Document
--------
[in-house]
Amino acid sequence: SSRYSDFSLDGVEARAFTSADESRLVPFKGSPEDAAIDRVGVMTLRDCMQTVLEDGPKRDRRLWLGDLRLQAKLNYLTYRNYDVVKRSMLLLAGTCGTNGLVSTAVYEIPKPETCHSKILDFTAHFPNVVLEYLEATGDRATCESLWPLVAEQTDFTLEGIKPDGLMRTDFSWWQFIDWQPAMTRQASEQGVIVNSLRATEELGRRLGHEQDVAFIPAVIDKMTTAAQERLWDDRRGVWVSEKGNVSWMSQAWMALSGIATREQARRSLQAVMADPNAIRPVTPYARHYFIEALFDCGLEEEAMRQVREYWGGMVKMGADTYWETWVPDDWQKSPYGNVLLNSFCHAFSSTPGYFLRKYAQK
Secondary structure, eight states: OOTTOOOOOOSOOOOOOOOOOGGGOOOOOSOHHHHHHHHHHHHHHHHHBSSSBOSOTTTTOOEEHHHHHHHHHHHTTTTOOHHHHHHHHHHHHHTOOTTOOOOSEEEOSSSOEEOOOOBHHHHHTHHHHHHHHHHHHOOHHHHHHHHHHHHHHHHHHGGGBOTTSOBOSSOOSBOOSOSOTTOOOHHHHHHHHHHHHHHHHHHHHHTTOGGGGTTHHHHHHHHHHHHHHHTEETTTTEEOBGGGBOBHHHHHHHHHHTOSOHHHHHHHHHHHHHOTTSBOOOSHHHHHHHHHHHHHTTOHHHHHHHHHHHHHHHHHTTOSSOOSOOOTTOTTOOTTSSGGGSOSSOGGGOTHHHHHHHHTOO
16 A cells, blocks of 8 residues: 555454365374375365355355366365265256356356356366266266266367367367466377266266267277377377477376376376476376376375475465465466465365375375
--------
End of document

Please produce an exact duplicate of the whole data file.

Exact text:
[in-house]
Amino acid sequence: SSRYSDFSLDGVEARAFTSADESRLVPFKGSPEDAAIDRVGVMTLRDCMQTVLEDGPKRDRRLWLGDLRLQAKLNYLTYRNYDVVKRSMLLLAGTCGTNGLVSTAVYEIPKPETCHSKILDFTAHFPNVVLEYLEATGDRATCESLWPLVAEQTDFTLEGIKPDGLMRTDFSWWQFIDWQPAMTRQASEQGVIVNSLRATEELGRRLGHEQDVAFIPAVIDKMTTAAQERLWDDRRGVWVSEKGNVSWMSQAWMALSGIATREQARRSLQAVMADPNAIRPVTPYARHYFIEALFDCGLEEEAMRQVREYWGGMVKMGADTYWETWVPDDWQKSPYGNVLLNSFCHAFSSTPGYFLRKYAQK
Secondary structure, eight states: OOTTOOOOOOSOOOOOOOOOOGGGOOOOOSOHHHHHHHHHHHHHHHHHBSSSBOSOTTTTOOEEHHHHHHHHHHHTTTTOOHHHHHHHHHHHHHTOOTTOOOOSEEEOSSSOEEOOOOBHHHHHTHHHHHHHHHHHHOOHHHHHHHHHHHHHHHHHHGGGBOTTSOBOSSOOSBOOSOSOTTOOOHHHHHHHHHHHHHHHHHHHHHTTOGGGGTTHHHHHHHHHHHHHHHTEETTTTEEOBGGGBOBHHHHHHHHHHTOSOHHHHHHHHHHHHHOTTSBOOOSHHHHHHHHHHHHHTTOHHHHHHHHHHHHHHHHHTTOSSOOSOOOTTOTTOOTTSSGGGSOSSOGGGOTHHHHHHHHTOO
16 A cells, blocks of 8 residues: 555454365374375365355355366365265256356356356366266266266367367367466377266266267277377377477376376376476376376375475465465466465365375375